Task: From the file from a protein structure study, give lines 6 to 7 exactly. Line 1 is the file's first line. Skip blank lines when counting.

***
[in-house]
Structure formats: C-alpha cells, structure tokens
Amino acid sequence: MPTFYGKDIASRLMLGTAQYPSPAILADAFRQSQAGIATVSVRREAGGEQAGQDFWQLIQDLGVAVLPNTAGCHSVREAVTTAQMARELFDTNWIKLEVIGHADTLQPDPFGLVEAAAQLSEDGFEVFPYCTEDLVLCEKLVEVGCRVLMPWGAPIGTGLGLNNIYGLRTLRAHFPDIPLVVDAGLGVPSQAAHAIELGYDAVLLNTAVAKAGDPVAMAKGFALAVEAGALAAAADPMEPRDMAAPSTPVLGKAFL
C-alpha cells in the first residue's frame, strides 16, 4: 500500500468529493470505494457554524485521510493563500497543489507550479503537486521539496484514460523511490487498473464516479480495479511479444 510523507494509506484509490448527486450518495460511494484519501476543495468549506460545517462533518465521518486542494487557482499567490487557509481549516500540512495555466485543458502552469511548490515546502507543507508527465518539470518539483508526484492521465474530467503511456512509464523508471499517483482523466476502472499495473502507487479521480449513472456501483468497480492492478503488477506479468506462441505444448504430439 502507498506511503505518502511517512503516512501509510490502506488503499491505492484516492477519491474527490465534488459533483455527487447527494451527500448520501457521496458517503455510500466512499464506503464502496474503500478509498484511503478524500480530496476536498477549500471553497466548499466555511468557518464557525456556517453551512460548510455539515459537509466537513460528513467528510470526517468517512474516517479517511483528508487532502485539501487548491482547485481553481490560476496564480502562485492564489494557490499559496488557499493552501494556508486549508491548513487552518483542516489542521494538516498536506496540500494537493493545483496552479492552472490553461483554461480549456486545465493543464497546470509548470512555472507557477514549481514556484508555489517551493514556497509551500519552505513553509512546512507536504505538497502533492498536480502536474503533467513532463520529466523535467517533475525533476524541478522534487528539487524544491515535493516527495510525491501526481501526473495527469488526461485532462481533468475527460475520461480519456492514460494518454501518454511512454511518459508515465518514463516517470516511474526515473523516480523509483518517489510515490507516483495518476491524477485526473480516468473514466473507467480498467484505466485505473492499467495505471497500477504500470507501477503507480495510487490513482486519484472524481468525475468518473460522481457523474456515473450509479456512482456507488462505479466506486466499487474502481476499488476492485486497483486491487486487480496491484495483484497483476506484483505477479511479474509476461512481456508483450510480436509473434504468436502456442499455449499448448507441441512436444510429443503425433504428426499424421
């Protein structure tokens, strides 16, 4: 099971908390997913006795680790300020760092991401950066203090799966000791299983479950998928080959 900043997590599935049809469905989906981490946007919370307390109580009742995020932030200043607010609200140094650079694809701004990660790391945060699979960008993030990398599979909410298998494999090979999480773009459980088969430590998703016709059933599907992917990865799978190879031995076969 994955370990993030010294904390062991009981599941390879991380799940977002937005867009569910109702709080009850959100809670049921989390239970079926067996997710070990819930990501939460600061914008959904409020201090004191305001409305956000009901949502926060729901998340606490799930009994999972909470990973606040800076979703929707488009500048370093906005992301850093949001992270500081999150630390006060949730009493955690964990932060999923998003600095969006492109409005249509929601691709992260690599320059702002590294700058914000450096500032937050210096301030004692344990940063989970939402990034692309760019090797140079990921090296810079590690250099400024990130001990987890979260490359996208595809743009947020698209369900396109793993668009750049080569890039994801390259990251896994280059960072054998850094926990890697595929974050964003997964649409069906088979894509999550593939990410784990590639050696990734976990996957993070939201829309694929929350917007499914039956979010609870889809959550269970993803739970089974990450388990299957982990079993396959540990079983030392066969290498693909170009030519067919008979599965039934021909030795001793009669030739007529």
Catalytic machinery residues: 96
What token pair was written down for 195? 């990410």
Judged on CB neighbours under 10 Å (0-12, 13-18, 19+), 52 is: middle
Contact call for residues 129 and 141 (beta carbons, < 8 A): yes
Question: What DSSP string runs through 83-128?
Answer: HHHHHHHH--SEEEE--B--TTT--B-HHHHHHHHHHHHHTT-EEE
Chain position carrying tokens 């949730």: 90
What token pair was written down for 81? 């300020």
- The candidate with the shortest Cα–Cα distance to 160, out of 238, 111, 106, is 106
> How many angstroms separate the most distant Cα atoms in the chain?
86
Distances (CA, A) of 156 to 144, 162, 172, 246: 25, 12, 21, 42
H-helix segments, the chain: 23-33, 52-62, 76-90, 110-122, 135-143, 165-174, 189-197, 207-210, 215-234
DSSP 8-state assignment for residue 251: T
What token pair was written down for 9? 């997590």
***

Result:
Catalytic machinery residues: 96
What token pair was written down for 195? 């990410």